JEFFERSON CITY • As Martha Eudaley approached her husband’s room in the Chesterfield-area nursing home, she could tell something was off.
“I could smell the stench of feces coming through the door,” Eudaley, 76, remembered about that day in 2010.
When she opened the door, she saw her husband, Tom, slumped in his wheelchair, unconscious. The window was shut and the room was hot, she said.
Eudaley screamed, and two aides came in. One told her that her husband — who wasn’t able to walk because of a debilitating disease — had gotten out of bed in the middle of the night, closed the window and turned off the air conditioner, Eudaley remembered.
A short while later, Tom was hospitalized with a high fever. He died soon after. Eudaley reported the incident to the nursing home, which she declined to name, and the state, but nothing happened, she said. Since then, Eudaley has been pushing for something she feels might have protected her husband: a camera installed in his room.
“He would have had a witness,” said Eudaley, who lives in St. Louis. “Then there would have been some accountability.”
Two bills have been introduced in the Missouri House this year allowing cameras in nursing home rooms, which advocates say could help prevent elder abuse. One would give families the ability to install cameras and mandate that nursing homes couldn’t prevent the installation. The other, which has already been handed over to the Senate, would give nursing homes the final say.
Rep. Andrew McDaniel, R-Deering, introduced both measures. Not giving nursing homes some authority over installing in-room cameras was a sticking point with the industry, he said.
“After talking with the industry, that’s one of the big problems they have,” said McDaniel, who has introduced the legislation giving families the power to install cameras for the past three years.
The industry-approved version was “better than nothing,” he said. Once the idea of installing cameras is in statute, McDaniel said, allowing families control over them could come next.
“Hopefully, we get this portion done this way,” McDaniel said. “Later on, someone will carry the ball. It will be a while until the industry is willing to work on it again.”
Nikki Strong, the lobbyist for the Missouri Health Care Association, didn’t return requests for comment over the past several days. The association represents many of the state’s nursing homes and has handed out thousands of dollars in campaign donations, according to the Missouri Ethics Commission.
At a hearing last week, she testified in favor of the version giving final authority to nursing homes.
A spokeswoman for ManorCare, which operates nursing homes in Missouri and across the country and is a member of the Missouri Health Care Association, said the company would address the issue with its employees if the legislation becomes law.
“The most important consideration should be the security, safety and preserving the dignity of all residents,” the spokeswoman said in a statement.
For her part, Eudaley believes the industry-approved version undercuts the intent of the legislation.
That version “will kill the efforts to stop elder abuse, elder deaths, and protect the nursing homes unless you act,” reads an email she sent to senators, according to a copy Eudaley shared.
AARP, the Missouri Coalition for Quality Care and VOYCE, a St. Louis-based organization that sends volunteers to inspect nursing homes, supported the version giving families more power. That version received a public hearing last week but, so far, isn’t scheduled to be debated on the floor. Less than two months remain in the legislative session.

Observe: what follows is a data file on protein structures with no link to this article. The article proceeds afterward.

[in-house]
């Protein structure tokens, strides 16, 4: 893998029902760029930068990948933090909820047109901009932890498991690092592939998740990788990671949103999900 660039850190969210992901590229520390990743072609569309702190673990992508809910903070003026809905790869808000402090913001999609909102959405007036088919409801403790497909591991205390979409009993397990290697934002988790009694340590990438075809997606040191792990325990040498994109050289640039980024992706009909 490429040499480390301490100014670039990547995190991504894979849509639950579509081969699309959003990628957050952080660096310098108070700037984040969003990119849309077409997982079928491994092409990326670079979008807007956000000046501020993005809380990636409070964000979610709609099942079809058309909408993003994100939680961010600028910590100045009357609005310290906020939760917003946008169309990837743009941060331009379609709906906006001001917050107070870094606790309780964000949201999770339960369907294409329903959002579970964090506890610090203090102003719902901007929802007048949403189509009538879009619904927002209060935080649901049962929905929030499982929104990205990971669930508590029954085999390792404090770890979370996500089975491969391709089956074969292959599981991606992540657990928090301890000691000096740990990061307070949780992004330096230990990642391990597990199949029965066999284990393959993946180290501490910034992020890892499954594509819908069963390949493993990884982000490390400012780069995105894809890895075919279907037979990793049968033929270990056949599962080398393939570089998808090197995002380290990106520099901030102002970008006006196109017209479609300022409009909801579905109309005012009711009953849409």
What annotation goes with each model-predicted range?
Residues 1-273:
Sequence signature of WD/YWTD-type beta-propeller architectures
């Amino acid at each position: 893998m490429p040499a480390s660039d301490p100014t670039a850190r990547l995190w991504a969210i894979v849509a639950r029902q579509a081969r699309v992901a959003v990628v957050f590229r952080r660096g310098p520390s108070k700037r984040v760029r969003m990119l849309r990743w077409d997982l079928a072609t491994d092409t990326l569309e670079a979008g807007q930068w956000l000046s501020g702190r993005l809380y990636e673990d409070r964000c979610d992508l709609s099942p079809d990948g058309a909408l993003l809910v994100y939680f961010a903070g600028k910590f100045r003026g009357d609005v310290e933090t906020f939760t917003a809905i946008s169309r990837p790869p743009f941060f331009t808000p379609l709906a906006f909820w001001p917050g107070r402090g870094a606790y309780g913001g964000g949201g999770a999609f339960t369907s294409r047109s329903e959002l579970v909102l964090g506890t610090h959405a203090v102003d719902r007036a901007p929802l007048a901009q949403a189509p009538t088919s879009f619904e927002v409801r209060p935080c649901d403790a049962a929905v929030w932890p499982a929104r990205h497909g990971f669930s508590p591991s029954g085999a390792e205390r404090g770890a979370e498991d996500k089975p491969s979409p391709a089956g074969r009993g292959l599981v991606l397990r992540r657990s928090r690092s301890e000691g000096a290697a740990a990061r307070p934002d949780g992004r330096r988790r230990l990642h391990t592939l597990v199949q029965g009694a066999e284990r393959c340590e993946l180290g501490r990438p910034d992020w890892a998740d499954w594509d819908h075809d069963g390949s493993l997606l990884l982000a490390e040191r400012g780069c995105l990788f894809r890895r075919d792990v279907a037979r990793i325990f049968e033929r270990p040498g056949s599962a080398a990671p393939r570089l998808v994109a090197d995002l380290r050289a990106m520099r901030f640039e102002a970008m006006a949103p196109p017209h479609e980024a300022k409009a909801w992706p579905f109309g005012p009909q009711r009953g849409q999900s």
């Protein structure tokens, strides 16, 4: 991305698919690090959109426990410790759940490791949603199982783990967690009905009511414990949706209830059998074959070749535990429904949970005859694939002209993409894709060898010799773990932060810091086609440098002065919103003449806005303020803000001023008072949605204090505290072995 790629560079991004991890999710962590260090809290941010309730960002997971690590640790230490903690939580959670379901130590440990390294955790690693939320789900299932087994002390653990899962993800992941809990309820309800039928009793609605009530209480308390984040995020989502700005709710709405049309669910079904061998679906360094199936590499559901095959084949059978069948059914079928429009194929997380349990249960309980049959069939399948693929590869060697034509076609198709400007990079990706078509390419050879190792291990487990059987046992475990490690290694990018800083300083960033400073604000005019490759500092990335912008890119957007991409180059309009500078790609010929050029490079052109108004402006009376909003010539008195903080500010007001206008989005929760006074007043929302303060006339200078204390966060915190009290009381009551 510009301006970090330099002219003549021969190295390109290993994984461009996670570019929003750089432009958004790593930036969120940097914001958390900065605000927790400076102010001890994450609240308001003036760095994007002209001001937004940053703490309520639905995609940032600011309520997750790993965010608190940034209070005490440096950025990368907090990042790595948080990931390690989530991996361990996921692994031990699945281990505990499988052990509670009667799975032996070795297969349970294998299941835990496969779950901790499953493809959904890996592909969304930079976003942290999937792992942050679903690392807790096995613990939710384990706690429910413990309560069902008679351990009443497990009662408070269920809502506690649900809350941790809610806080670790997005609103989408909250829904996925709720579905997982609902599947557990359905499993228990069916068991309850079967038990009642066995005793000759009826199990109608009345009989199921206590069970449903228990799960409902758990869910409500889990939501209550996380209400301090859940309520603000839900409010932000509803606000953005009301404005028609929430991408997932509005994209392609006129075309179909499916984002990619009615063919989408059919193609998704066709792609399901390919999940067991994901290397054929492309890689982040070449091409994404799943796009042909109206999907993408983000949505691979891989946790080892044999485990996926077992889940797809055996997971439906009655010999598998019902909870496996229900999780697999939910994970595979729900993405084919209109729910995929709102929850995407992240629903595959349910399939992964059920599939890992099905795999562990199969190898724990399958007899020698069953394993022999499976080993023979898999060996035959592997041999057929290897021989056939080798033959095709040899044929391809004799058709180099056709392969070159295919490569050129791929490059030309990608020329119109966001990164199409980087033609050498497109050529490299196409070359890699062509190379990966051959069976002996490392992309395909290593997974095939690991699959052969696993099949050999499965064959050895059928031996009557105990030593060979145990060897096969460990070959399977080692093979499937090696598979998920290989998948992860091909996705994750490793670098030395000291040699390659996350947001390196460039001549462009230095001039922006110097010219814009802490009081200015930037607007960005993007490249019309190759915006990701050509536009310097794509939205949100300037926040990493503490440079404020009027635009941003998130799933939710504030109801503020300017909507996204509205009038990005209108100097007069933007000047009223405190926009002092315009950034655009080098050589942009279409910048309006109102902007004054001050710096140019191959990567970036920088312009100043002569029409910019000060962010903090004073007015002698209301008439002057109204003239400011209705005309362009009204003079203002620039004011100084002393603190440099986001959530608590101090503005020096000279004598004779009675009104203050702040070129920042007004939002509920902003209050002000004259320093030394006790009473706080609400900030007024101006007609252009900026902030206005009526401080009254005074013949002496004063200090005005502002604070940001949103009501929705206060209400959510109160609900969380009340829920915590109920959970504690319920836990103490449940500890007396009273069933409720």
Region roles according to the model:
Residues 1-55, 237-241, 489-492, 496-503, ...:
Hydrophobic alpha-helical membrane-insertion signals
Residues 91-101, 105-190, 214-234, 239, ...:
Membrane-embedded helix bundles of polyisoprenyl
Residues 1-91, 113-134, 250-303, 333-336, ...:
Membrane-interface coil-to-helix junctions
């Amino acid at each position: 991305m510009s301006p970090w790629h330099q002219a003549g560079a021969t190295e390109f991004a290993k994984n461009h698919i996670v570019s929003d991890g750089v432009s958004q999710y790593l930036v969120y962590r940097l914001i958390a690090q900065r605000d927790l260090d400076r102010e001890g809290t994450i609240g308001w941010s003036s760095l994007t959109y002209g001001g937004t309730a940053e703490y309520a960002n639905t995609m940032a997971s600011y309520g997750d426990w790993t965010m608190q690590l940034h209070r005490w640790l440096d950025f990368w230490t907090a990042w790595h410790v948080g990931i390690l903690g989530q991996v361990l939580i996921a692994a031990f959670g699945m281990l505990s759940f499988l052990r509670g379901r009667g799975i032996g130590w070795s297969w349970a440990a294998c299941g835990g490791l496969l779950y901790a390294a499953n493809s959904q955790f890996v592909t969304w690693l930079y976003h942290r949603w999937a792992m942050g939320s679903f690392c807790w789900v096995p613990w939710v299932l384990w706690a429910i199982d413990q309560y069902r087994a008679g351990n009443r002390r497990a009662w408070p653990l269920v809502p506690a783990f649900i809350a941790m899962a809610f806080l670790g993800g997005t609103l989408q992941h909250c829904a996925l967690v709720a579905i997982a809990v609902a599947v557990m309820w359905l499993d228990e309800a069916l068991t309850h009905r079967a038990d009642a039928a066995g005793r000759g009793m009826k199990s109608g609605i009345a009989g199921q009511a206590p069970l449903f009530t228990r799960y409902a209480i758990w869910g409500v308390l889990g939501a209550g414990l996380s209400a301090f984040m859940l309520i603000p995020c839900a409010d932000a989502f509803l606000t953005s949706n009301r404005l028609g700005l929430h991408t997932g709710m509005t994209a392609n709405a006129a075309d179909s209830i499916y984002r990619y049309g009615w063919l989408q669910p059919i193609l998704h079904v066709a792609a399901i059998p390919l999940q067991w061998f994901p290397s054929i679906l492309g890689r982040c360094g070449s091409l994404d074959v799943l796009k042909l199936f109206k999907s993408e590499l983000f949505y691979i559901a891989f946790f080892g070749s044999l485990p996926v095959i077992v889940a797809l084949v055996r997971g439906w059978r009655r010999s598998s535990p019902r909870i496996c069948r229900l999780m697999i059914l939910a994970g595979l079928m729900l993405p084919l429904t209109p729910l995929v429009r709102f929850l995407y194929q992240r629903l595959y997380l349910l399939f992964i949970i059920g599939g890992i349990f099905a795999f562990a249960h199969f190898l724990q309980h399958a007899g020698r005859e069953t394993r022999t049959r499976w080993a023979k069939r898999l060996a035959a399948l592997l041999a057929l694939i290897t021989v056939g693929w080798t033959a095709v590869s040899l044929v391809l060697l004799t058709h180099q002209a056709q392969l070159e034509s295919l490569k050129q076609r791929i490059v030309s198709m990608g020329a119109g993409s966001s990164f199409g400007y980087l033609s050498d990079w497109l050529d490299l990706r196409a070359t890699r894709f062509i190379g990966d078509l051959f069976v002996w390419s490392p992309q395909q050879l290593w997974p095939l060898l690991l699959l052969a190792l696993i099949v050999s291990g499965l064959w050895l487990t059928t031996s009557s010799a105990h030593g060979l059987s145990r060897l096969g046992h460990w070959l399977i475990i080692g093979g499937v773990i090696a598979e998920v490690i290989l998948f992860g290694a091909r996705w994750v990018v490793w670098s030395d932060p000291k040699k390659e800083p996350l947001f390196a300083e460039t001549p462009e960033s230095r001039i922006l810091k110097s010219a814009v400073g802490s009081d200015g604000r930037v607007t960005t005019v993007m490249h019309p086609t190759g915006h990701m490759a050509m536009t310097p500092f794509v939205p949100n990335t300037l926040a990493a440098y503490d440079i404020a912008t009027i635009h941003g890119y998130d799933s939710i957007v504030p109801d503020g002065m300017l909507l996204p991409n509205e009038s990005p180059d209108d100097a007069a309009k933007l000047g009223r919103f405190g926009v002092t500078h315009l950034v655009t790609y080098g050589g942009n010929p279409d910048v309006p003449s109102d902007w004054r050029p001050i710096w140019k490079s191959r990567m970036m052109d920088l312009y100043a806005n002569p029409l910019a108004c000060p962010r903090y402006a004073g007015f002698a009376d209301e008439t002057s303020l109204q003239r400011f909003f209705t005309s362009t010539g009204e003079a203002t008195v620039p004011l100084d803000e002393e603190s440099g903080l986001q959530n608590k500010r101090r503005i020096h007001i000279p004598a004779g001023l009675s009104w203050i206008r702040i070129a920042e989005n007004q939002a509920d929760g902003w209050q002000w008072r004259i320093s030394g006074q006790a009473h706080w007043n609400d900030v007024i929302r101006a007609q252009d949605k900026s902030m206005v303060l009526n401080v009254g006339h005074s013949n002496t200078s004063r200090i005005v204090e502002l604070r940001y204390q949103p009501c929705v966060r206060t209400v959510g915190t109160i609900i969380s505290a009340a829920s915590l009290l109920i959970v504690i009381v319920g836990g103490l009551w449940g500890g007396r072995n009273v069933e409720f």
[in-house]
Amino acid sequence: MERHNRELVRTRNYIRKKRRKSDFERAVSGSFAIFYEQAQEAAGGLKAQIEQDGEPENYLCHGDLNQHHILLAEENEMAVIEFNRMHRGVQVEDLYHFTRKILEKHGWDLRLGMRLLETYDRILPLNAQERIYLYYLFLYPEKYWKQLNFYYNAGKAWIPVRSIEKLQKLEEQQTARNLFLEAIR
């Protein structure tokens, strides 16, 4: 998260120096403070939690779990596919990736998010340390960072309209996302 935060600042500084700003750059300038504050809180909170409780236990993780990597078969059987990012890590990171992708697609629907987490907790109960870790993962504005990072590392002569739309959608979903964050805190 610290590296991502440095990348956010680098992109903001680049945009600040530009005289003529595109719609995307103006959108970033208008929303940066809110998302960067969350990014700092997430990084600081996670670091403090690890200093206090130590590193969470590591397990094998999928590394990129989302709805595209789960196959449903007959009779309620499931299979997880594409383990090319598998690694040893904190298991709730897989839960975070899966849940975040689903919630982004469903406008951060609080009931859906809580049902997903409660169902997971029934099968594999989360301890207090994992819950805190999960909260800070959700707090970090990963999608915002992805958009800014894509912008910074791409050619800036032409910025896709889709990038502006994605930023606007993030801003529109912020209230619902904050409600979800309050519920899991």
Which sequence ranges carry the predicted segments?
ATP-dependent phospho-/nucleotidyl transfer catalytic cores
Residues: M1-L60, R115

Many people suffer in nursing homes either from abuse or neglect. Nationally, more than 1 in 5 Medicare recipients do, according to a 2014 study from the federal Department of Health and Human Services. Almost 60 percent of those abuse or neglect cases could have been prevented. The harm came from “substandard treatment, inadequate resident monitoring, and failure or delay of necessary care,” according to the study.
In 2016, Missouri agencies investigated about 50,000 cases of elder abuse, neglect or exploitation, according to a state Department of Health and Senior Services report. The state found evidence to support the claims in about 60 percent of those cases.
In-room cameras would go a long way toward giving residents and their family members a greater sense of security and could deter potential abuse or neglect, said Mary Lynn Faunda Donovan, VOYCE’s executive director.
“Surveillance cameras are not a suitable replacement for the personal involvement of the staff and family members,” she said. However, “video can provide compelling evidence” of abuse or neglect.
Many nursing homes already employ cameras in common areas, Donovan said.
“Such surveillance would not impede an employee’s ability to perform their required task,” she said. “It would aid them in making the best decisions, avoid compromising situations and provide an unbiased eye in the sky in the resident’s room.”
Mary Redford, a VOYCE volunteer, said a few weeks ago she talked to a man who described being sexually assaulted by a staffer. Another resident told her he didn’t get his medication in time so he sat in unbearable pain, she said.
Being a nursing home employee is a tough job, Redford said. Many residents have dementia or mental health conditions and could misinterpret what a staffer is trying to do, she said.
“A camera in the room could exonerate a staff member from any accusations of wrongdoing,” she said. “It works for both sides.”
So far this year, Eudaley has called and emailed every representative and senator about the legislation, she said.
“All I want is something reasonable,” she said. “It’s everyone’s right to be treated respectfully. I’ve seen so much, and I’ve heard so much. I can’t understand why they would say no to this.”